Crisis, Compassion, and Strength

by Cheri Cimmarrusti, Associate Executive Director

Command Pilot Phil Rosnick and volunteers loading sanitizers bound for a rural CO hospital in need of all medical supplies.

It is difficult to describe the impact of the ongoing COVID-19 crisis on mission operations at Angel Flight West.  In my 22+ years working with this organization, this time period has been the most difficult.  Looking back, our team, our passengers and our pilots have dealt with other disasters, but none like this one.  Certainly 9/11 brought us to a grinding halt, but very quickly allowed our pilots to assist by flying blood missions from the very first day.  Once the skies were opened up again, we were flying passengers who were once again getting the medical treatment they so needed.  Katina brought us some disaster missions, but it didn’t interfere with our regular day-to-day missions.  We also flew some support for the mudslides in Southern California a few years ago, but once again, our regular missions stayed on schedule. Throughout all of those, we were able to remain in the office. This crisis has impacted every inch of AFW. However, we are tough, we are resilient, and we will muscle through this to continue making an impact wherever we can.

The Mission Operations Team is a tight-knit group who are normally seated in the “bull-pen,” able to bounce ideas off each other and communicate easily throughout the day.  After the first few cancellations that started to trickle in, I remember thinking, “Oh! This is going to be serious.”  Of course even then, I didn’t have a sense of the magnitude and depth of this crisis.  Passengers were cancelling important appointments their providers did not deem essential.  For our team, this felt personal as we knew how much this would impact the health of those we deal with each day: for example, the child whose mother was told that they would need to postpone their appointment since he wasn’t terminally ill; or the multiple surgeries that have been rescheduled; and those who fear their chemotherapy protocols won’t be accessible any longer.  For us, each mission is a face and a story.  Each passenger is part of our daily lives and we are invested in each step of their journey.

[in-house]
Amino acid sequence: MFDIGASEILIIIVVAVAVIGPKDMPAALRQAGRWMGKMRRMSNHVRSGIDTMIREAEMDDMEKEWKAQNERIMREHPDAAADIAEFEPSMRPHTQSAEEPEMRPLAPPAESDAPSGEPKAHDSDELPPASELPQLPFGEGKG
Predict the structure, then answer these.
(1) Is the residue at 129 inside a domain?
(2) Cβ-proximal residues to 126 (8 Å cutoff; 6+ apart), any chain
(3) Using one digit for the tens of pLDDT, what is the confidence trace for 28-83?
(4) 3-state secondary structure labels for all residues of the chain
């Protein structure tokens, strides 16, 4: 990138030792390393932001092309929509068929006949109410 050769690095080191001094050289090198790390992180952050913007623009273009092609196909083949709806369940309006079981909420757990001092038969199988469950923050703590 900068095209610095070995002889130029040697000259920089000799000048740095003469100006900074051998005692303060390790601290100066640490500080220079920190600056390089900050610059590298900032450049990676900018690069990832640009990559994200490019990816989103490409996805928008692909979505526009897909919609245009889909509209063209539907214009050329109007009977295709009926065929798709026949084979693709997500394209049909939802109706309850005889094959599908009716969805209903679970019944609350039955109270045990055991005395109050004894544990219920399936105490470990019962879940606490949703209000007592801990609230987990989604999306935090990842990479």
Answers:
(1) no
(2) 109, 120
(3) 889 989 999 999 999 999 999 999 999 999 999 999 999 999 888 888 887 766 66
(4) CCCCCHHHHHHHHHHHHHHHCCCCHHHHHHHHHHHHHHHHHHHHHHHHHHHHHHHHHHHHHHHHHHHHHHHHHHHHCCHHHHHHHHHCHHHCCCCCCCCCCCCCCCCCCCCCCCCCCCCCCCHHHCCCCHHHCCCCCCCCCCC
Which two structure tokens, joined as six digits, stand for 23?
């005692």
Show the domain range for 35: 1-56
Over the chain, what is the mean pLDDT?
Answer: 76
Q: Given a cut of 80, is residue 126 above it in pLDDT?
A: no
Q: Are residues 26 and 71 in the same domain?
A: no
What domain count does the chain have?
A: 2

David Cole prepares his Cessna 425 to load up a ventilator headed to Rangley Hospital

Soon missions were down to those with the most critical need; those who felt the need to go to their treatment outweighed the risk of exposure.  Our entire team was, and is constantly re-evaluating what our process should be.  Some pilots still want to fly passengers; others opt to offer to fly blood or supplies only.  Our team completely respects those decisions and tries to bring in more supply missions.  As you probably know by now, our Board made the decision to temporarily suspend volunteer flown passenger flights until further notice.  In Colorado, a relationship with the Colorado Hospital Association has resulted in multiple flights to fly PPE and other medical supplies from Denver to the rural hospital facilities who so desperately need these items.  One pilot even flew a ventilator to Rangely, CO should the need arise because they did not have one that would work properly.

We will be administering a program with Alaska Airlines to fly medical personnel who want to work in areas that have high demand for more healthcare workers.  Our Outreach Team is working hard to find other opportunities for flying supplies to remote areas.  We are working for missions down the line when we hope to have our pilots back in the air.

Staff at Rangley Hospital receive the AFW delivered ventilator
Share This